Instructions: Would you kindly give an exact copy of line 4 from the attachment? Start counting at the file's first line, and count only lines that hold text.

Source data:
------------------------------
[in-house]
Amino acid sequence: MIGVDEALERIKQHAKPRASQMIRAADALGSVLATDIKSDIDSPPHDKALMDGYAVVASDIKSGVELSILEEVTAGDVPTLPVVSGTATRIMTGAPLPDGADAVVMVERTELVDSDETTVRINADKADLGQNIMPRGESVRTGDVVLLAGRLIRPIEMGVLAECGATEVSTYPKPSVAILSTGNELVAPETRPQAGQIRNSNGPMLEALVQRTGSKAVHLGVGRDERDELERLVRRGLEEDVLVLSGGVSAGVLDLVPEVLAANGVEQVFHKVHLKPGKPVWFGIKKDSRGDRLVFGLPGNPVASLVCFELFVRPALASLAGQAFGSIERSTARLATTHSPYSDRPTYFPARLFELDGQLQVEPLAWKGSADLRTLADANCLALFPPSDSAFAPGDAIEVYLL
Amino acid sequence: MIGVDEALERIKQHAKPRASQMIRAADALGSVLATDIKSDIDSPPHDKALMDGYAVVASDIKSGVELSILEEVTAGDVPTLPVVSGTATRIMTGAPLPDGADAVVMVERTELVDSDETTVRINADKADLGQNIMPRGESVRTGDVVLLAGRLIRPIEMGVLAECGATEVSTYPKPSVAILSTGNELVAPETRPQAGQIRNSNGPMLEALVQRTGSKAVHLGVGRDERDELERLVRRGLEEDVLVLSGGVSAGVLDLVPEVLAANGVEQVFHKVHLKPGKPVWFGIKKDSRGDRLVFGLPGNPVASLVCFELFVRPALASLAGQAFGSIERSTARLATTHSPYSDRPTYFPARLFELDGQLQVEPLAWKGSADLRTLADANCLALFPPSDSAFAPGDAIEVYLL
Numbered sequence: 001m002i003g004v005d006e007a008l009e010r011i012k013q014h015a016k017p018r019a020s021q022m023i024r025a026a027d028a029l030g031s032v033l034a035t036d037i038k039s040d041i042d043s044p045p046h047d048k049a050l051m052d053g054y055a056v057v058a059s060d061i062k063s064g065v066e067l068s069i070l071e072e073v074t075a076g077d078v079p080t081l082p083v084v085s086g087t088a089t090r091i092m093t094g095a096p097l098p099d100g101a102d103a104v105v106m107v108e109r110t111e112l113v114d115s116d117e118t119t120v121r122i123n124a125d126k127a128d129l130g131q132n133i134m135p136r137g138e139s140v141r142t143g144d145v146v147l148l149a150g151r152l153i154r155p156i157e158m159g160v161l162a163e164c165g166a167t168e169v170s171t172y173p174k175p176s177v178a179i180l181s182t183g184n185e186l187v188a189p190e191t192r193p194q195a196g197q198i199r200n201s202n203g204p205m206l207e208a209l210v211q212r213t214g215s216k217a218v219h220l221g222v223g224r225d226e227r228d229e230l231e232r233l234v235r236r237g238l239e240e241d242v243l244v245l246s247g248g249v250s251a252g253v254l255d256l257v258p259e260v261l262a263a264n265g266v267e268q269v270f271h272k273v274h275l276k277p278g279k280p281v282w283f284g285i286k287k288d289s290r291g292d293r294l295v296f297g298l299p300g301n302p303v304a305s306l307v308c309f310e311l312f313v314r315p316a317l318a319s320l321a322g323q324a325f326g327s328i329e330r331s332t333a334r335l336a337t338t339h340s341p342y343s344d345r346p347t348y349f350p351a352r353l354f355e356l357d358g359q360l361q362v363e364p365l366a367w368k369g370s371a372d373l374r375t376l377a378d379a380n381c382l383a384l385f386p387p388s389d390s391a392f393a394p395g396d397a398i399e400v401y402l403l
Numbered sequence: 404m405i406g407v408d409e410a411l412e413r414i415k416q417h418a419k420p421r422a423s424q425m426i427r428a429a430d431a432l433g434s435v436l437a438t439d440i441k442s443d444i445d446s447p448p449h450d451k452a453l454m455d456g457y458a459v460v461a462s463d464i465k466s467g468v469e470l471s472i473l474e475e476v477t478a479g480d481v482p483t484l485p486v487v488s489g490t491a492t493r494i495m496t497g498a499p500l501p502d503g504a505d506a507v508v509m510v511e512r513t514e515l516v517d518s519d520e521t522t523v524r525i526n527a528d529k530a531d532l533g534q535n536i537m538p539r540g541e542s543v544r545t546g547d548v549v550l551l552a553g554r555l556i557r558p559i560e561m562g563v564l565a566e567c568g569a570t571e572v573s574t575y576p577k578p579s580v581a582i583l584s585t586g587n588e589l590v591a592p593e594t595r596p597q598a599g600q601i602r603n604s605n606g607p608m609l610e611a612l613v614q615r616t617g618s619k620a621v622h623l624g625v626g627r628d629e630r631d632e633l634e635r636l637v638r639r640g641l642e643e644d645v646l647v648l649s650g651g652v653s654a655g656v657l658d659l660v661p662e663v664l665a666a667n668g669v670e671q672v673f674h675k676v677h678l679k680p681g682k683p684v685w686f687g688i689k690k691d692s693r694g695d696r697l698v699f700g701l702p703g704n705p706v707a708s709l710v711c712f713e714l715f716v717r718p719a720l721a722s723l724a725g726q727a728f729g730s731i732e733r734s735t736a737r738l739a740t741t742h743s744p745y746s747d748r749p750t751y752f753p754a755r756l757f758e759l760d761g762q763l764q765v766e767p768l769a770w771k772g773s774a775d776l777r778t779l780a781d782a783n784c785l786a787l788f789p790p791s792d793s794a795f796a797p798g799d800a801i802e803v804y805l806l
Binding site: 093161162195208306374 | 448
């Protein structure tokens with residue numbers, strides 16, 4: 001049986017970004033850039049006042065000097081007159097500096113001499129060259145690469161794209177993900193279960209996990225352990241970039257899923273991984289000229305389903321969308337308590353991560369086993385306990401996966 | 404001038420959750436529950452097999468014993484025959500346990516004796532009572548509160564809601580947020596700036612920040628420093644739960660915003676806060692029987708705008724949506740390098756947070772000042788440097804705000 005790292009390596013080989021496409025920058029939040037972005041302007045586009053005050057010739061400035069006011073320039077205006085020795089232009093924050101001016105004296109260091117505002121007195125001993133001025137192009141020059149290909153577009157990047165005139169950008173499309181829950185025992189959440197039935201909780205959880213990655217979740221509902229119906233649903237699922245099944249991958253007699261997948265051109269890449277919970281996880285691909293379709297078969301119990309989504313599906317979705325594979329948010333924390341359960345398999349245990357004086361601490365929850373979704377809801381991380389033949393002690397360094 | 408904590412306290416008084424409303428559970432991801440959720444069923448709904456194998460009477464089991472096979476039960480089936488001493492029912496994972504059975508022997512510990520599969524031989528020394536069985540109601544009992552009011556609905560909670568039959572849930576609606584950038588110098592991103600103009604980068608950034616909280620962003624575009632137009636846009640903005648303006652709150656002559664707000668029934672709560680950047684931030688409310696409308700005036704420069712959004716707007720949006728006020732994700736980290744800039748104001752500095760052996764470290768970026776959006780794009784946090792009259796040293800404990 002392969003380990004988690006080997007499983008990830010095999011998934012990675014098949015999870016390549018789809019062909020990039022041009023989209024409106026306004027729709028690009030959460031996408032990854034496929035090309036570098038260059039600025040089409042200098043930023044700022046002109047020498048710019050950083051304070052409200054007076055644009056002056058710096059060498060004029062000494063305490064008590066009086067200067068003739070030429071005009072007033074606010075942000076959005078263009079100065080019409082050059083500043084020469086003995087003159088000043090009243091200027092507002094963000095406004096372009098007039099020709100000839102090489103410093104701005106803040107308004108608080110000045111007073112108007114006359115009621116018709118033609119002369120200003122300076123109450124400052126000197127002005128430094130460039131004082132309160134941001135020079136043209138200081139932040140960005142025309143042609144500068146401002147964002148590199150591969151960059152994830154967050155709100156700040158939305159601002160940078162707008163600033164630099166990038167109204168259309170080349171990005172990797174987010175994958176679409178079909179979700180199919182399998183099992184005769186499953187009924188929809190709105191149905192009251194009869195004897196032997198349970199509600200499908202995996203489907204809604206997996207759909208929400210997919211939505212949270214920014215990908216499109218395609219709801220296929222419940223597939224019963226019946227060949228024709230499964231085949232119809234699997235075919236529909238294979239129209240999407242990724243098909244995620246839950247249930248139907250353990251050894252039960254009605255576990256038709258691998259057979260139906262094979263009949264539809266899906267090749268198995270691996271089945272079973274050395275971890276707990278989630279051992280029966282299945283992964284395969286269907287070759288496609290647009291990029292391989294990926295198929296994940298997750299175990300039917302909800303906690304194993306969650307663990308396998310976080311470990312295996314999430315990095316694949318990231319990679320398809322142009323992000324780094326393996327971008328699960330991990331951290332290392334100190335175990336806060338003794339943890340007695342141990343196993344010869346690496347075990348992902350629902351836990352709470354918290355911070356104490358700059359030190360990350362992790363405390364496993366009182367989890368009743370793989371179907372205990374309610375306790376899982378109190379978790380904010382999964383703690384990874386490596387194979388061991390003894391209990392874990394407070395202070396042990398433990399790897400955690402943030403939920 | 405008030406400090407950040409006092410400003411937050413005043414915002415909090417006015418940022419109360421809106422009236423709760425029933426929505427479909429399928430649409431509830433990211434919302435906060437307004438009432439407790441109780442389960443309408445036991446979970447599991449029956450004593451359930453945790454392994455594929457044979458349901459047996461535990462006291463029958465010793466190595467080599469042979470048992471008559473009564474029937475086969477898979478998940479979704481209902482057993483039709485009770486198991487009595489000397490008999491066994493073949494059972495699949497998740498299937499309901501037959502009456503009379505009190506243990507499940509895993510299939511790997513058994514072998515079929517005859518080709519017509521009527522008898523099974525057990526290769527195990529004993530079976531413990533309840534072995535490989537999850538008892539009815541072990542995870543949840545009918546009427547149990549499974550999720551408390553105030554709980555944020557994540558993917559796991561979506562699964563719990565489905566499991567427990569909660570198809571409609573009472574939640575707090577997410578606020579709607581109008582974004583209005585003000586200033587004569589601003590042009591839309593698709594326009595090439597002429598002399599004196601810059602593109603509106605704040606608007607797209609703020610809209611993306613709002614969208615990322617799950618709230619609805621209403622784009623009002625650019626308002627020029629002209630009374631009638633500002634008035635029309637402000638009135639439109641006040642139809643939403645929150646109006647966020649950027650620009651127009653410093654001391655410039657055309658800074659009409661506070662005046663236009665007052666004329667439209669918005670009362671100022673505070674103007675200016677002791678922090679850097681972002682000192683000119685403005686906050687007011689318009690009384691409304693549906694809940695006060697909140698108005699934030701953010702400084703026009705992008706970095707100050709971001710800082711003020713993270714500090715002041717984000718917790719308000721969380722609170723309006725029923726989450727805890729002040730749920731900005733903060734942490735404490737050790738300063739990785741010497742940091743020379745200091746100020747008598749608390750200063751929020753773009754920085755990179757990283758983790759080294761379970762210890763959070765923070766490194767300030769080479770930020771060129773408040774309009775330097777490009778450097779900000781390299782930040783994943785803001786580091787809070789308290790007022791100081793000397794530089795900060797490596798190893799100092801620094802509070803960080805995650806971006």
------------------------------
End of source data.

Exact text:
Numbered sequence: 001m002i003g004v005d006e007a008l009e010r011i012k013q014h015a016k017p018r019a020s021q022m023i024r025a026a027d028a029l030g031s032v033l034a035t036d037i038k039s040d041i042d043s044p045p046h047d048k049a050l051m052d053g054y055a056v057v058a059s060d061i062k063s064g065v066e067l068s069i070l071e072e073v074t075a076g077d078v079p080t081l082p083v084v085s086g087t088a089t090r091i092m093t094g095a096p097l098p099d100g101a102d103a104v105v106m107v108e109r110t111e112l113v114d115s116d117e118t119t120v121r122i123n124a125d126k127a128d129l130g131q132n133i134m135p136r137g138e139s140v141r142t143g144d145v146v147l148l149a150g151r152l153i154r155p156i157e158m159g160v161l162a163e164c165g166a167t168e169v170s171t172y173p174k175p176s177v178a179i180l181s182t183g184n185e186l187v188a189p190e191t192r193p194q195a196g197q198i199r200n201s202n203g204p205m206l207e208a209l210v211q212r213t214g215s216k217a218v219h220l221g222v223g224r225d226e227r228d229e230l231e232r233l234v235r236r237g238l239e240e241d242v243l244v245l246s247g248g249v250s251a252g253v254l255d256l257v258p259e260v261l262a263a264n265g266v267e268q269v270f271h272k273v274h275l276k277p278g279k280p281v282w283f284g285i286k287k288d289s290r291g292d293r294l295v296f297g298l299p300g301n302p303v304a305s306l307v308c309f310e311l312f313v314r315p316a317l318a319s320l321a322g323q324a325f326g327s328i329e330r331s332t333a334r335l336a337t338t339h340s341p342y343s344d345r346p347t348y349f350p351a352r353l354f355e356l357d358g359q360l361q362v363e364p365l366a367w368k369g370s371a372d373l374r375t376l377a378d379a380n381c382l383a384l385f386p387p388s389d390s391a392f393a394p395g396d397a398i399e400v401y402l403l